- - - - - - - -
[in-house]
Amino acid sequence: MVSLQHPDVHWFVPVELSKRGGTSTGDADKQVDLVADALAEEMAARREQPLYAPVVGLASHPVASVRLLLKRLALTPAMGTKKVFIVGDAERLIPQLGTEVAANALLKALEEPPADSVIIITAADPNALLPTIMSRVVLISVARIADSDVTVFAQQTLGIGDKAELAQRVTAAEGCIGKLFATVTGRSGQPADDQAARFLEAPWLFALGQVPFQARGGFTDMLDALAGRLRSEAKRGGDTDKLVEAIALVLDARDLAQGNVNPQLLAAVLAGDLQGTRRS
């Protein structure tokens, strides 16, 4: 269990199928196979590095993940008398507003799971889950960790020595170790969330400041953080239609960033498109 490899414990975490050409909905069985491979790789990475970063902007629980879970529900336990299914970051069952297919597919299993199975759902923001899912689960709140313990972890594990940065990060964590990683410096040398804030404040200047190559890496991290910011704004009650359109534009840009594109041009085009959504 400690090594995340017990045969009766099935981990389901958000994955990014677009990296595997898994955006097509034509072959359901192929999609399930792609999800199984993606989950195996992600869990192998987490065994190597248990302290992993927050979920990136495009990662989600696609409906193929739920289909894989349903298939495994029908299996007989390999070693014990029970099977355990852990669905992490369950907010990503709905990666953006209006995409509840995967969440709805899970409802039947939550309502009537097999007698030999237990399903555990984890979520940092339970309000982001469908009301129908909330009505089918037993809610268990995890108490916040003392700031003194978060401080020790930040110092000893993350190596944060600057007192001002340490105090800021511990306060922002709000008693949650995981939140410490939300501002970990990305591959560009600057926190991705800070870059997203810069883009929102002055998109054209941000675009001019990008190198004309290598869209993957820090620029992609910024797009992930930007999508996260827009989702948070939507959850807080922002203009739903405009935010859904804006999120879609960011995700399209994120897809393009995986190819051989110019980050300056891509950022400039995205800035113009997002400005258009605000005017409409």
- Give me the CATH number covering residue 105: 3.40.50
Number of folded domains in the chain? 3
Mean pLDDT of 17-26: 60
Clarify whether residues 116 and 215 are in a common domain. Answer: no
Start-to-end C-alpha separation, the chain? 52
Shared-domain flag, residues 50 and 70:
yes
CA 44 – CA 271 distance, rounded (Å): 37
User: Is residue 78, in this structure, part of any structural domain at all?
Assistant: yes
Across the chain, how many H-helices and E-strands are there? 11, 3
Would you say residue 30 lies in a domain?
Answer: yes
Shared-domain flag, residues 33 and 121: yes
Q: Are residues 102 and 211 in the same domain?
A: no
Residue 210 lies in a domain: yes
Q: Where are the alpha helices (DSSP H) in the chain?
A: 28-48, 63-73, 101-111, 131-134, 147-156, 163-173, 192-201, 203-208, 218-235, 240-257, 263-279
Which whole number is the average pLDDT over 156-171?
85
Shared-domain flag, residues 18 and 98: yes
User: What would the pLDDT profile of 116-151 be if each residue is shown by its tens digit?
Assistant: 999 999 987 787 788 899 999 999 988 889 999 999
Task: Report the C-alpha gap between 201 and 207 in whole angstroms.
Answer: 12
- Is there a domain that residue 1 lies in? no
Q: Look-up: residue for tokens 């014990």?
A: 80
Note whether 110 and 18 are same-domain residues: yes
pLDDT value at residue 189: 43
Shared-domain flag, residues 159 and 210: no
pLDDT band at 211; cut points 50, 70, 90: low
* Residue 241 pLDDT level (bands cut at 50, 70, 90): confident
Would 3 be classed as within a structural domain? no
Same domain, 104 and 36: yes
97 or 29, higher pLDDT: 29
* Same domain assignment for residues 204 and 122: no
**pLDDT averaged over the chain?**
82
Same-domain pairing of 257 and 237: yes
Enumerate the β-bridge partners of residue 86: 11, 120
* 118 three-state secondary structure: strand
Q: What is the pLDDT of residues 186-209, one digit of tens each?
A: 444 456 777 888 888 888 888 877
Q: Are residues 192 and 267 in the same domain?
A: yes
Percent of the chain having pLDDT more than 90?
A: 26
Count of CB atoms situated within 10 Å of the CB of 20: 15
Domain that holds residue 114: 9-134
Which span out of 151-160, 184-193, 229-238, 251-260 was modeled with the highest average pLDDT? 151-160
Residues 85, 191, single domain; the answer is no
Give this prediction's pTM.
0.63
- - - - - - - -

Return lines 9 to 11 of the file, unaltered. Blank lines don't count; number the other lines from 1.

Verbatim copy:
Shared-domain flag, residues 50 and 70:
yes
CA 44 – CA 271 distance, rounded (Å): 37